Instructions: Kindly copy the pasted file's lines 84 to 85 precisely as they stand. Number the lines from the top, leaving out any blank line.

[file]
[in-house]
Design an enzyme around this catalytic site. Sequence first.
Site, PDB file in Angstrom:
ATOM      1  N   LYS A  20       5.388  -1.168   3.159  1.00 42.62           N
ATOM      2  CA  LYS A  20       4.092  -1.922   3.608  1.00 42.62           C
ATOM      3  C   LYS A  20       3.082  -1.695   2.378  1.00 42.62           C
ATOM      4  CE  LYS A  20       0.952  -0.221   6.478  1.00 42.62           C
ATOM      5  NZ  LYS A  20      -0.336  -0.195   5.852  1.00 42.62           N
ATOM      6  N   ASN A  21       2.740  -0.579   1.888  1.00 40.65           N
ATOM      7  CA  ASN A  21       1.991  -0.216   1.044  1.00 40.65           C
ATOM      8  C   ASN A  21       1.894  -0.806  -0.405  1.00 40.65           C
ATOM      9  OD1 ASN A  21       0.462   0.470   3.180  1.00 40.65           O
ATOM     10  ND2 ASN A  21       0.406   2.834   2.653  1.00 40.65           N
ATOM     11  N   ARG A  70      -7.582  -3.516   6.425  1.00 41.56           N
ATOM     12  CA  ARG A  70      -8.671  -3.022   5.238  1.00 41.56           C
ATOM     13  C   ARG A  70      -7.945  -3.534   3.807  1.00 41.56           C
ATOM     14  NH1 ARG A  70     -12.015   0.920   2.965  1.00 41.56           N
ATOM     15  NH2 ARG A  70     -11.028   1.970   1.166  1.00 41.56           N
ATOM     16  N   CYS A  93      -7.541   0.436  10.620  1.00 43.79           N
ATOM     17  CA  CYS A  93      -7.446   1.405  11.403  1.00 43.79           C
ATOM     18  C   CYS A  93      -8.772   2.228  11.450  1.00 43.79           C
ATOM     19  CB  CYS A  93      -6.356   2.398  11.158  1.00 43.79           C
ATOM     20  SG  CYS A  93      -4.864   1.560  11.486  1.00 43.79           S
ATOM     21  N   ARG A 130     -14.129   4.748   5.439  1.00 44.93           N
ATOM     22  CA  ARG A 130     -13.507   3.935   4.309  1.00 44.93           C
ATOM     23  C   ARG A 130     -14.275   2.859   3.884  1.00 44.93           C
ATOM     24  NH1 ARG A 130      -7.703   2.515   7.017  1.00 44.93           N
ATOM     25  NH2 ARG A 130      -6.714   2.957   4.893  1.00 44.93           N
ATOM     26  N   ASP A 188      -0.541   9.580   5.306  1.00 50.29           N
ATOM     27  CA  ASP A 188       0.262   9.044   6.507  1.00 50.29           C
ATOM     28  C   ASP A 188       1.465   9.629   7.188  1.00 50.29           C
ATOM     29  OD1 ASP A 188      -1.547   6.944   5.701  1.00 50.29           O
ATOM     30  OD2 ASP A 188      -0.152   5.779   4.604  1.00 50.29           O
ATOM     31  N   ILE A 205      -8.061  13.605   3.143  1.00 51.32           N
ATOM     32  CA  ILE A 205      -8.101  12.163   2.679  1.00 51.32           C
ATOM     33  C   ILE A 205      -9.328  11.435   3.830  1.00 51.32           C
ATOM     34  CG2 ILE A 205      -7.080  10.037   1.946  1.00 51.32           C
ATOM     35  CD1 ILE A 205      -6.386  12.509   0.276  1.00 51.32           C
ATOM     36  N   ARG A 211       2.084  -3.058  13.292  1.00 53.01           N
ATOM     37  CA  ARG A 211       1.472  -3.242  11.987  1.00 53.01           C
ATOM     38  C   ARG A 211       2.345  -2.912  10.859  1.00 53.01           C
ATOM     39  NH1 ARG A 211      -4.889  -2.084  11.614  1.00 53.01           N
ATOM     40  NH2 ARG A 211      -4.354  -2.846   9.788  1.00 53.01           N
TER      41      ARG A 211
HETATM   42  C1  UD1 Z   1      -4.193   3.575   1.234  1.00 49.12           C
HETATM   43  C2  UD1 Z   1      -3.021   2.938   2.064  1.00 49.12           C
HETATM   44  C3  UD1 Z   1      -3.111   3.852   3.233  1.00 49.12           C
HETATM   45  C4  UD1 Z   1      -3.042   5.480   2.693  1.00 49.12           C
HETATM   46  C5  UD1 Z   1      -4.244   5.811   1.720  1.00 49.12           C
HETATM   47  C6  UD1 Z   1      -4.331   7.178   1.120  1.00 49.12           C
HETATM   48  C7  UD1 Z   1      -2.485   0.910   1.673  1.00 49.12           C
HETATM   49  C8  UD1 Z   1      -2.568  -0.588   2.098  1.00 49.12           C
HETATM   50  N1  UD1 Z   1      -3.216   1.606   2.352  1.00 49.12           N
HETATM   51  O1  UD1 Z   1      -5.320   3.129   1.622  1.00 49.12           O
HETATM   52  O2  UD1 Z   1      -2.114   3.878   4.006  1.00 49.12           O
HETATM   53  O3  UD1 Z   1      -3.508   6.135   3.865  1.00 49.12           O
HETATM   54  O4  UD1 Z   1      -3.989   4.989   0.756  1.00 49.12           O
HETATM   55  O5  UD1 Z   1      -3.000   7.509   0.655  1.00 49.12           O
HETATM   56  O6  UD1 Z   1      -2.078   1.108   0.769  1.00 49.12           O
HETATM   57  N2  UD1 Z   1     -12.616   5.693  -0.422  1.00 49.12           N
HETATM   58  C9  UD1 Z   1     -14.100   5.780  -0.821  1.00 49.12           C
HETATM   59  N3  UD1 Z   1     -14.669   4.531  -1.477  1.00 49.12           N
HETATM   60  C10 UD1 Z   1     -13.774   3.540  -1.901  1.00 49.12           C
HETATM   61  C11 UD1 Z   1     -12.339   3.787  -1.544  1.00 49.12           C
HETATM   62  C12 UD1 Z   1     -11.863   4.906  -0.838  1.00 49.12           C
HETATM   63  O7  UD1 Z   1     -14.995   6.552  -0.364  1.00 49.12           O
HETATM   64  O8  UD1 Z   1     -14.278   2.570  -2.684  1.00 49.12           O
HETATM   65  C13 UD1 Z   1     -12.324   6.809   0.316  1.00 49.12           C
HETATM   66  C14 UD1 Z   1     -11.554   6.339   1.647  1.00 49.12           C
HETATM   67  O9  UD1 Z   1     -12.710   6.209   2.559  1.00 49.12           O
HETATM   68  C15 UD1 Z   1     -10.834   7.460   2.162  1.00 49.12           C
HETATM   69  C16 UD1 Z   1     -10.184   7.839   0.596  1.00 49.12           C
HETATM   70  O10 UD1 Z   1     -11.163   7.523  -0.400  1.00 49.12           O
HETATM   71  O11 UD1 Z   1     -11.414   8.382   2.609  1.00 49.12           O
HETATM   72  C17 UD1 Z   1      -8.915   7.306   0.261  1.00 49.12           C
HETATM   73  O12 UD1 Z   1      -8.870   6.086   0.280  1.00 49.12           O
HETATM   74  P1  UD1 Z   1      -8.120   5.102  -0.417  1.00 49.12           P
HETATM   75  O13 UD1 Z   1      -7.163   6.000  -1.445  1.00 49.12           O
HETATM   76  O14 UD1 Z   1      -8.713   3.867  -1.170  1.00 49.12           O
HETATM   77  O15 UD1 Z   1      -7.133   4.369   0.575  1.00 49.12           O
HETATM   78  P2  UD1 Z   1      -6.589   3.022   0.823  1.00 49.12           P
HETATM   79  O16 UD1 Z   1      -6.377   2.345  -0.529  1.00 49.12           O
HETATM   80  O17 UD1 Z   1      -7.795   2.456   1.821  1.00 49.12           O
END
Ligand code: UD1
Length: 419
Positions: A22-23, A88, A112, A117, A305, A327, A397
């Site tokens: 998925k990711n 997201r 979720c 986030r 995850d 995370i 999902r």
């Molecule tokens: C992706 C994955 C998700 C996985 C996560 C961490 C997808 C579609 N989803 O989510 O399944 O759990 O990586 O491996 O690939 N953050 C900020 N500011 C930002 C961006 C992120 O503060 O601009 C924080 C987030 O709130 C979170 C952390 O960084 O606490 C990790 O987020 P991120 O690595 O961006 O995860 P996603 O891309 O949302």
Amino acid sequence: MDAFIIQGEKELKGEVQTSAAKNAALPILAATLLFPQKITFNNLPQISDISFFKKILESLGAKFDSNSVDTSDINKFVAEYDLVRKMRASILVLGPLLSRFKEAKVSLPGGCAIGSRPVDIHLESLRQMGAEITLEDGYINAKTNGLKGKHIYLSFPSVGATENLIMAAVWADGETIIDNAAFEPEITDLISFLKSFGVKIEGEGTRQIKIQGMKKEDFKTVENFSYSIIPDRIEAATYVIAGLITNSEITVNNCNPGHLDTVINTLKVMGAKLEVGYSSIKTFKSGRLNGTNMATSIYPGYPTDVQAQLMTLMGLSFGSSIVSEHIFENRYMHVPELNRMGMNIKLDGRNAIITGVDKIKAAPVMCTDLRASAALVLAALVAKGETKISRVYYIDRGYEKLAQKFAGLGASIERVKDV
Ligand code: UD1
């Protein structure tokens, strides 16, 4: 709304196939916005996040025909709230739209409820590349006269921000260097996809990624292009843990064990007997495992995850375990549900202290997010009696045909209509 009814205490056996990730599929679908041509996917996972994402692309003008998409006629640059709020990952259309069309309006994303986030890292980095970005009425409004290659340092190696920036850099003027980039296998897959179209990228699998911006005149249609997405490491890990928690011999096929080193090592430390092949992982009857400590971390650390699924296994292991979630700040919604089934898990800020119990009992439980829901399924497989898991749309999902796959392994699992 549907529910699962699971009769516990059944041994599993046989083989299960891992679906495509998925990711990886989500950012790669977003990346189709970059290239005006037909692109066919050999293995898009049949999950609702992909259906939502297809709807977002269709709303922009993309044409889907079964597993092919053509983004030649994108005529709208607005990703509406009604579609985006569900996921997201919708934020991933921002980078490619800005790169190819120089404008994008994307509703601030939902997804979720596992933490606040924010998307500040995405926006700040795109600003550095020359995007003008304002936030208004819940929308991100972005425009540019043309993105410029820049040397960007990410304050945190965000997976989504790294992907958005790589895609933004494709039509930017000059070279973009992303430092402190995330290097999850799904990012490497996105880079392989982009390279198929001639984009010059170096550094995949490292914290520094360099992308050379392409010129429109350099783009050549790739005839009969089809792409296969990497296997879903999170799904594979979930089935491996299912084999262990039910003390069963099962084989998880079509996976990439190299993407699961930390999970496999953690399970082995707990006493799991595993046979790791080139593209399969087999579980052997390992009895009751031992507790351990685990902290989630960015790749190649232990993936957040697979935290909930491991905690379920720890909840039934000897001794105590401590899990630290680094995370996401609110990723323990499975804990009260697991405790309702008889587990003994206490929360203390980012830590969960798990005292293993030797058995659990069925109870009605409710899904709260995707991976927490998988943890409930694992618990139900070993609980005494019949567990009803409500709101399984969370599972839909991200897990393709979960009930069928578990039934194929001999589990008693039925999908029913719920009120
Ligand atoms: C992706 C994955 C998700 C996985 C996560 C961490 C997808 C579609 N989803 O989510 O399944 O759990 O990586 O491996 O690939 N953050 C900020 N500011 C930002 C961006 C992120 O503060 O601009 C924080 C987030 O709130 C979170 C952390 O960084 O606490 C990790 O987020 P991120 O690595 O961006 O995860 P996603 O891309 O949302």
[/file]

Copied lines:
END
Ligand code: UD1